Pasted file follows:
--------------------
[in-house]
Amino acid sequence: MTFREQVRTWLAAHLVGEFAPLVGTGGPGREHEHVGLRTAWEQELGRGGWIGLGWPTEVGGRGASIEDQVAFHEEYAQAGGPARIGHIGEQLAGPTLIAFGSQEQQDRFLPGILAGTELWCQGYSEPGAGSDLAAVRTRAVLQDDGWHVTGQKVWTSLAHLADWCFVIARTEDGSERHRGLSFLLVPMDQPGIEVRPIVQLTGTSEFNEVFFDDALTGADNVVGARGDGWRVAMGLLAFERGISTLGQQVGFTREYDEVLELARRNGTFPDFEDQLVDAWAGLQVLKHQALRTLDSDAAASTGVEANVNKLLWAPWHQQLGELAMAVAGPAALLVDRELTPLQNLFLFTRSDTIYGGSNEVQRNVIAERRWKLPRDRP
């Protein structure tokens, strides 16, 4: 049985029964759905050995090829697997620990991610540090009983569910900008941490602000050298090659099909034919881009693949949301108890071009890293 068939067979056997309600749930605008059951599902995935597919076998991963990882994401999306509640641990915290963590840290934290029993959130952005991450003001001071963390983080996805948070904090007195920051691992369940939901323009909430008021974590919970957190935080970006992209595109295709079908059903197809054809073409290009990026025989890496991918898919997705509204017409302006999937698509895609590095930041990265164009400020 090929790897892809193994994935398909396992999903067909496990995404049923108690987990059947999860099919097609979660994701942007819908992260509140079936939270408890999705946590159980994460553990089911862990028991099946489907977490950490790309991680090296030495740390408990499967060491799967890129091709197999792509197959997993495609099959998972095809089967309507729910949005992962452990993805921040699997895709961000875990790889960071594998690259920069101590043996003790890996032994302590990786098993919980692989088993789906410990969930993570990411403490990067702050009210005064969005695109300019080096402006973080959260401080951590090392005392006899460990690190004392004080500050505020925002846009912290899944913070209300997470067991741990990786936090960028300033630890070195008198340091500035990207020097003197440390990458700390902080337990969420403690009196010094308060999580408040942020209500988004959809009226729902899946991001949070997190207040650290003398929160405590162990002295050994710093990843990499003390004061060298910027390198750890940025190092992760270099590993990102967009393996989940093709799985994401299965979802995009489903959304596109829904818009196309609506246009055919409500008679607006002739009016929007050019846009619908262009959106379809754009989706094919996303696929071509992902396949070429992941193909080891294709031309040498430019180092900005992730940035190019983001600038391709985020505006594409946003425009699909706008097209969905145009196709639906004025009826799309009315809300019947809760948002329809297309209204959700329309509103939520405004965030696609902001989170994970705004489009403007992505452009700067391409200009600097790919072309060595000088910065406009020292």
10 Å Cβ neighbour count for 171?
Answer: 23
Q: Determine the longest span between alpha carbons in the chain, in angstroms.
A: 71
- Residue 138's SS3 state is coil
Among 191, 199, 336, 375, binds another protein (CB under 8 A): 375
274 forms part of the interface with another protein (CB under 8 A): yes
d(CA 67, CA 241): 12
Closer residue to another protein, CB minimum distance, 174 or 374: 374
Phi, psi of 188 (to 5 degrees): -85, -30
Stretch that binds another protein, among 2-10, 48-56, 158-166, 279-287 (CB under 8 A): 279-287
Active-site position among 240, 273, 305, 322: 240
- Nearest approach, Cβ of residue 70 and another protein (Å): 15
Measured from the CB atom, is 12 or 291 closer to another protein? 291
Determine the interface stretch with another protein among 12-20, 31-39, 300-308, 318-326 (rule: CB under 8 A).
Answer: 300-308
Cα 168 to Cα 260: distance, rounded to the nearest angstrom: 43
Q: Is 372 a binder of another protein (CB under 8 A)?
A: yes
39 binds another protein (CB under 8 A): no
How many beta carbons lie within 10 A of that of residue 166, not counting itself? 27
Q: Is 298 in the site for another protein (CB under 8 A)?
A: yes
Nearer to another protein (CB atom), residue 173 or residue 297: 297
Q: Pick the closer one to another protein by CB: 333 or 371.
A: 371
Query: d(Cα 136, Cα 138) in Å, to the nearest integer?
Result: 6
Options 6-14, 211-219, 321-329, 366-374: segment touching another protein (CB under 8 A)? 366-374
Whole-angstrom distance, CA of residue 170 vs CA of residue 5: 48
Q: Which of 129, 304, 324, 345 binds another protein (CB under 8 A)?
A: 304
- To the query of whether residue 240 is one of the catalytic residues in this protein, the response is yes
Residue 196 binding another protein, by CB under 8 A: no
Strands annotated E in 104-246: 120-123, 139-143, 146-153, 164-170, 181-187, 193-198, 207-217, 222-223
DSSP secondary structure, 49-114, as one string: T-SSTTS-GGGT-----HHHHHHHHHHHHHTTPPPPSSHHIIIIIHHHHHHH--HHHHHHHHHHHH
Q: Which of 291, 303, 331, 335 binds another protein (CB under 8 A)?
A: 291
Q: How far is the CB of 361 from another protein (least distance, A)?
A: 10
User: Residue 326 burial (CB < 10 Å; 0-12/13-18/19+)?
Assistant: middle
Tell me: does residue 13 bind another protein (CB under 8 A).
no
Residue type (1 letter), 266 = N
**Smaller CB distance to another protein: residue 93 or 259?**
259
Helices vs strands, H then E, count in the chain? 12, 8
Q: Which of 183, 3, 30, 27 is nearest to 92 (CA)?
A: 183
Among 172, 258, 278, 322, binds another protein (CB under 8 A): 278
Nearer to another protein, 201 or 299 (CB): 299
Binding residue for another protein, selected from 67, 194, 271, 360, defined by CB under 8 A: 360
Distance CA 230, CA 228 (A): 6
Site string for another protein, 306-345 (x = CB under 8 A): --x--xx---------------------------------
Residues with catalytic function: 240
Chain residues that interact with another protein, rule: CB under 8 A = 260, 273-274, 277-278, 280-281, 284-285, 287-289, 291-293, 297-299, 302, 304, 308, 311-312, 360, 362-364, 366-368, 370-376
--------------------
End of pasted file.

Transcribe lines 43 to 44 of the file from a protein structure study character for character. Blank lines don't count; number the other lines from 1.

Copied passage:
A: 10
User: Residue 326 burial (CB < 10 Å; 0-12/13-18/19+)?